state heat flux (in W/m^{2}) assuming one dimensional heat transfer is

- 3.5
- 350
- 3500
- 7000

2007-42-ht

The composite wall of an oven consists of three materials \(A, B\) and \(C\). Under steady state operating conditions, the outer surface temperature \(T_{S,O}\) is 20^{o}C, the inner surface temperature \(T_{S,I}\) is 600^{o}C and the
oven air temperature is \(T_\infty = 800\)^{o}C. For the following data

thermal conductivities \(k_A = 20\) W/(m.K) and \(k_C = 50\) W/(m.K),

thickness \(L_A = 0.3\) m, \(L_B = 0.15\) m and \(L_C = 0.15\) m

inner-wall heat transfer coefficient \(h = 25\) W/(m^{2}.K),

the thermal conductivity \(k_B\) in W/(m.K) of the material \(B\), is calculated as

- 35
- 1.53
- 0.66
- 0.03

2008-15-ht

Transient three-dimensional heat conduction is governed by ONE of the following differential equations (\(\alpha \) - thermal diffusivity, \(k\) - thermal conductivity and \(\psi \) - volumetric rate of heat generation).

- \({\displaystyle \frac {1}{\alpha } \frac {\partial T}{\partial t} = \nabla T + \psi k }\)
- \({\displaystyle \frac {1}{\alpha } \frac {\partial T}{\partial t} = \nabla T + \frac {\psi }{k} }\)
- \({\displaystyle \frac {1}{\alpha } \frac {\partial T}{\partial t} = \nabla ^2 T + \psi k }\)
- \({\displaystyle \frac {1}{\alpha } \frac {\partial T}{\partial t} = \nabla ^2 T + \frac {\psi }{k} }\)

2008-43-ht

Two plates of equal thickness \((t)\) and cross-sectional area, are joined together to form a composite as shown in the figure. If the thermal conductivities of the plates are \(k\) and \(2k\) then, the effective thermal conductivity of the composite is

- \(3k/2\)
- \(4k/3\)
- \(3k/4\)
- \(2k/3\)

2008-46-ht

The temperature profile for heat transfer from one fluid to another separated by a solid wall is

- (a)
- (b)
- (c)
- (d)

2009-9-ht

During the transient convective cooling of a solid object, Biot number \(\rightarrow 0\) indicates

- uniform temperature throughout the object
- negligible convection at the surface of the object
- significant thermal resistance within the object
- significant temperature gradient within the object

2012-14-ht

For heat transfer across a solid-fluid interface, which one of the following statement is NOT true when the Biot number is very small compared to 1?

- Conduction resistance in the solid is very small compared to convection resistance in the fluid
- Temperature profile within the solid is nearly uniform
- Temperature drop in the fluid is significant
- Temperature drop in the solid is significant

2012-15-ht

A solid sphere with an initial temperature \(T_i\) is immersed in a large thermal reservoir of temperature \(T_o\). The sphere reaches a steady temperature after a certain time \(t_1\). If the radius of the sphere is doubled, the time required to reach steady-state will be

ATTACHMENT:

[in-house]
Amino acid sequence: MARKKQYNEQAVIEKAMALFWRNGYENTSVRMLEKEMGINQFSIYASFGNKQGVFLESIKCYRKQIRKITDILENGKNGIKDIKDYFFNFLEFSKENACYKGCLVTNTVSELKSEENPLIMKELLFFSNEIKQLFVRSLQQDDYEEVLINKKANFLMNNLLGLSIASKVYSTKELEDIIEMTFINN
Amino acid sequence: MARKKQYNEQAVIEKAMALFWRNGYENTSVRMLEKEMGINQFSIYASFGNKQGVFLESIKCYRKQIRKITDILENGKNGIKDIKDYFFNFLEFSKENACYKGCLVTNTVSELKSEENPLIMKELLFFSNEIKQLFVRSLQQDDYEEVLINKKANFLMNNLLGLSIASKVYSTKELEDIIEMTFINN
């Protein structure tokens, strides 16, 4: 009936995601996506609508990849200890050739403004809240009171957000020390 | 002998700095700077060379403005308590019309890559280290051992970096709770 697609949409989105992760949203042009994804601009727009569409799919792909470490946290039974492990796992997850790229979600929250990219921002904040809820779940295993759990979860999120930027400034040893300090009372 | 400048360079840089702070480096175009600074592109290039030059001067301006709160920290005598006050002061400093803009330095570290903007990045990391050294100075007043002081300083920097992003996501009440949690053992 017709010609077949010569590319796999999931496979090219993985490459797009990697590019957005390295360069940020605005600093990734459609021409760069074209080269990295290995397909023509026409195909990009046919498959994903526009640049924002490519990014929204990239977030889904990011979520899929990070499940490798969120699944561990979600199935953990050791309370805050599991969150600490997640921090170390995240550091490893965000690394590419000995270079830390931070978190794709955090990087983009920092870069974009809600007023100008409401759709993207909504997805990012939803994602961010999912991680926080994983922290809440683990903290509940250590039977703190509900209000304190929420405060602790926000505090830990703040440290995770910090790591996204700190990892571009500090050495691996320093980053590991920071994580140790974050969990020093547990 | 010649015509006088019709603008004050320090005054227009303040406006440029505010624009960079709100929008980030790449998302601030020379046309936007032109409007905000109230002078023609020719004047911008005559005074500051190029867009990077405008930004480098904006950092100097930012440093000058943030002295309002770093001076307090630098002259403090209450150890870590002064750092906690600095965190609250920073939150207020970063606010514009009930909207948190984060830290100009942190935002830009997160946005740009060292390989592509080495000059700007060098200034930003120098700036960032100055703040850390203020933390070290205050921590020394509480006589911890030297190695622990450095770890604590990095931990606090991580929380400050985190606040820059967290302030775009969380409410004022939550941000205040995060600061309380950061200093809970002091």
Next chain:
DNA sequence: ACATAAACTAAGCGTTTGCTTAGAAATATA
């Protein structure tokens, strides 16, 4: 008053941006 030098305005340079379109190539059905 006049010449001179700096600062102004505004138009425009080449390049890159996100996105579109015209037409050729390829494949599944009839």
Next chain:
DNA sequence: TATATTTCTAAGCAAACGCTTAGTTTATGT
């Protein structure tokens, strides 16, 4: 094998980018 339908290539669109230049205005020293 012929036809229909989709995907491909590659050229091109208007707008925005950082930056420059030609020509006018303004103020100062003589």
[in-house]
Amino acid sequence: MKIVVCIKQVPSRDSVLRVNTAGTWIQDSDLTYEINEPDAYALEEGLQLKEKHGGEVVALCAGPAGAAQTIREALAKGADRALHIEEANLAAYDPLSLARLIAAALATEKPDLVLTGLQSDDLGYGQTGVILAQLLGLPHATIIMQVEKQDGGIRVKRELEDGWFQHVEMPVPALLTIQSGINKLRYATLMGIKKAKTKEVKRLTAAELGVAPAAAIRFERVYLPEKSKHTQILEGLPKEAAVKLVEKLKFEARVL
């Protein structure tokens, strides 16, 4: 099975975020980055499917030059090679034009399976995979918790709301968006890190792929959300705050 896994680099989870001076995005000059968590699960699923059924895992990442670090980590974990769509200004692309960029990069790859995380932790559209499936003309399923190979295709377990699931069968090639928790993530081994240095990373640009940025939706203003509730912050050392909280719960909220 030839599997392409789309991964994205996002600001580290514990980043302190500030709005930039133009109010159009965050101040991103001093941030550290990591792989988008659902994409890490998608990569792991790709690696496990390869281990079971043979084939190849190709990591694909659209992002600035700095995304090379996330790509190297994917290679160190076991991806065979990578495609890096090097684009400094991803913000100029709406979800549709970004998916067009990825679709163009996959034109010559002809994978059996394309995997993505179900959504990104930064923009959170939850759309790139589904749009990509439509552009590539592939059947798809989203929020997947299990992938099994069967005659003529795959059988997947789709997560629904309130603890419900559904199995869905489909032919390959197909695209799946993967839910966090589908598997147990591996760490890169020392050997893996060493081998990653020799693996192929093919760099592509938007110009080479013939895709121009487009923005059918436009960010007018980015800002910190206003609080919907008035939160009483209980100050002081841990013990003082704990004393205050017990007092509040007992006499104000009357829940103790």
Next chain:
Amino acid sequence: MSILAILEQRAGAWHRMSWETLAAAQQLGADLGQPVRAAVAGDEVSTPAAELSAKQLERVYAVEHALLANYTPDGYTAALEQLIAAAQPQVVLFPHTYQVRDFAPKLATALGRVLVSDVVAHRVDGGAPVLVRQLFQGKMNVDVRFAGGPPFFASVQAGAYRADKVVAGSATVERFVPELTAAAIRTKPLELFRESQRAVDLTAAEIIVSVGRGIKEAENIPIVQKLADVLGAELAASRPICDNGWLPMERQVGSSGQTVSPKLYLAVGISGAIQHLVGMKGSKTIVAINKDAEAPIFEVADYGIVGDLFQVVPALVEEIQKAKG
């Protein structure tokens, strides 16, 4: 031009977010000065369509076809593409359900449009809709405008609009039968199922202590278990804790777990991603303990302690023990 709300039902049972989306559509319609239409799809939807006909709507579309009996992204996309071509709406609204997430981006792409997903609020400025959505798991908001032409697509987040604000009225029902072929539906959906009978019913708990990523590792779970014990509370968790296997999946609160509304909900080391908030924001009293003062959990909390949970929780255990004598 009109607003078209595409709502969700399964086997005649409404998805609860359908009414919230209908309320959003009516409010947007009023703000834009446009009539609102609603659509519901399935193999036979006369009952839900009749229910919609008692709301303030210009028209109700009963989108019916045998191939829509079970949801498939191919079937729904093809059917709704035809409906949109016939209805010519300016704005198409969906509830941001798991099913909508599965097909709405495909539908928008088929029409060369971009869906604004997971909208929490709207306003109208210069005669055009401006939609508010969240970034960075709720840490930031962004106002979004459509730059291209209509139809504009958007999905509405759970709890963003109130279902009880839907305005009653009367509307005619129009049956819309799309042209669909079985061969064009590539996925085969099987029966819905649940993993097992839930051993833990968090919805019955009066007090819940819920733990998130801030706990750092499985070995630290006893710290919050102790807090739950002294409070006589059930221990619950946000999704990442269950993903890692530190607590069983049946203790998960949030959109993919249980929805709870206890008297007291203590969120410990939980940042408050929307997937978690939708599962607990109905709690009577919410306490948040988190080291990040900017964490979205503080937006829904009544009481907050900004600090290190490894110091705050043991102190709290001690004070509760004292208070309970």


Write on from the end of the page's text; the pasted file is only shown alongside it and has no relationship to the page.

- \(t_1/4\)
- \(t_1/2\)
- \(2t_1\)
- \(4t_1\)

2012-26-ht

The one-dimensional unsteady state heat conduction equation for a hollow cylinder with a constant heat source \(q\) is \[ \frac {\partial T}{\partial t} = \frac {1}{r}\frac {\partial }{\partial r}\left (r\frac {\partial T}{\partial r}\right ) + q \] If \(A\) and \(B\) are arbitrary constants, then the steady state solution to the above equation is

- \(\displaystyle T(r) = -\frac {qr^2}{2} + \frac {A}{r} + B\)
- \(\displaystyle T(r) = -\frac {qr^2}{4} + A\ln r + B\)
- \(\displaystyle T(r) = A\ln r+ B\)
- \(\displaystyle T(r) = \frac {qr^2}{4} + A\ln r + B\)

2017-12-ht

The one-dimensional unsteady heat conduction equation is \[ \rho C_P \frac {\partial T}{\partial t} = \frac {1}{r^n}\frac {\partial }{\partial r}\left (r^n k\frac {\partial T}{\partial r}\right ) \] where \(T\) - temperature, \(t\) - time, \(r\) - radial position, \(k\) - thermal conductivity, \(\rho \) - density, and \(C_P\) - specific heat.

For the cylindrical coordinate system, the value of \(n\) in the above equation is

- 0
- 1
- 2
- 3

ME-2008-50-ht

For the three-dimensional object shown in the figure below, five faces are insulated. The sixth face (PQRS), which is not insulated, interacts thermally with the ambient, with a convective heat transfer coefficient of 10 W/m^{2}.K. The ambient
temperature is 30^{o}C. Heat is uniformly generated inside the object at the rate of 100 W/m^{3}. Assume the face PQRS to be at uniform temperature, its steady state temperature is

- 10
^{o}C - 20
^{o}C - 30
^{o}C - 40
^{o}C

ME-2011-40-ht

A spherical steel ball of 12 mm diameter is initially at 1000 K. It is slowly cooled in a surrounding of 300 K. The heat transfer coefficient between the steel ball and surrounding is 5 W/m^{2}.K. The thermal conductivity of steel is 20 W/m.K.
The temperature difference between the centre and the surface of the steel ball is

- large because conduction resistance is far higher than the convective resistance
- large because conduction resistance is far less than the convective resistance
- small because conduction resistance is far higher than the convective resistance
- small because conduction resistance is far less than the convective resistance

2016-9-ht